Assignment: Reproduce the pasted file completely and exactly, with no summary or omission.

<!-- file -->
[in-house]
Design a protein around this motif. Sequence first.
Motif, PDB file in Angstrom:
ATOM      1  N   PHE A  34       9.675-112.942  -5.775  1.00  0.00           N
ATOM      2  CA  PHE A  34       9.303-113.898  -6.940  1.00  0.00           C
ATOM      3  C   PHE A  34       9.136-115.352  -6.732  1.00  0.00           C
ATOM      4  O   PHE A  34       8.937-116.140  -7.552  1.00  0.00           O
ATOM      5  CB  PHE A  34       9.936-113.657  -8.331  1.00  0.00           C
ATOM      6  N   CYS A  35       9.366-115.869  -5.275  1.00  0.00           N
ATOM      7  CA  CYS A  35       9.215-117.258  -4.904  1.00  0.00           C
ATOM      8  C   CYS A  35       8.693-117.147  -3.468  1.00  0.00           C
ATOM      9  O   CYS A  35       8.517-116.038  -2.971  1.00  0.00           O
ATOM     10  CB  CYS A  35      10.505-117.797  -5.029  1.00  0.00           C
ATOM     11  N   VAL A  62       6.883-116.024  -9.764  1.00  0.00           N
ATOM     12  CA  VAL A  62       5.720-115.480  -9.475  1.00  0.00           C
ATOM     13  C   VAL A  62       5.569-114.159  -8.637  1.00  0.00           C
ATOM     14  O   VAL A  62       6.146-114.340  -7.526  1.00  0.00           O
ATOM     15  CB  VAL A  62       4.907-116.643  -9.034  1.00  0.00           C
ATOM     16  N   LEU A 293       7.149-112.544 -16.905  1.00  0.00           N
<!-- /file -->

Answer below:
[in-house]
Design a protein around this motif. Sequence first.
Motif, PDB file in Angstrom:
ATOM      1  N   PHE A  34       9.675-112.942  -5.775  1.00  0.00           N
ATOM      2  CA  PHE A  34       9.303-113.898  -6.940  1.00  0.00           C
ATOM      3  C   PHE A  34       9.136-115.352  -6.732  1.00  0.00           C
ATOM      4  O   PHE A  34       8.937-116.140  -7.552  1.00  0.00           O
ATOM      5  CB  PHE A  34       9.936-113.657  -8.331  1.00  0.00           C
ATOM      6  N   CYS A  35       9.366-115.869  -5.275  1.00  0.00           N
ATOM      7  CA  CYS A  35       9.215-117.258  -4.904  1.00  0.00           C
ATOM      8  C   CYS A  35       8.693-117.147  -3.468  1.00  0.00           C
ATOM      9  O   CYS A  35       8.517-116.038  -2.971  1.00  0.00           O
ATOM     10  CB  CYS A  35      10.505-117.797  -5.029  1.00  0.00           C
ATOM     11  N   VAL A  62       6.883-116.024  -9.764  1.00  0.00           N
ATOM     12  CA  VAL A  62       5.720-115.480  -9.475  1.00  0.00           C
ATOM     13  C   VAL A  62       5.569-114.159  -8.637  1.00  0.00           C
ATOM     14  O   VAL A  62       6.146-114.340  -7.526  1.00  0.00           O
ATOM     15  CB  VAL A  62       4.907-116.643  -9.034  1.00  0.00           C
ATOM     16  N   LEU A 293       7.149-112.544 -16.905  1.00  0.00           N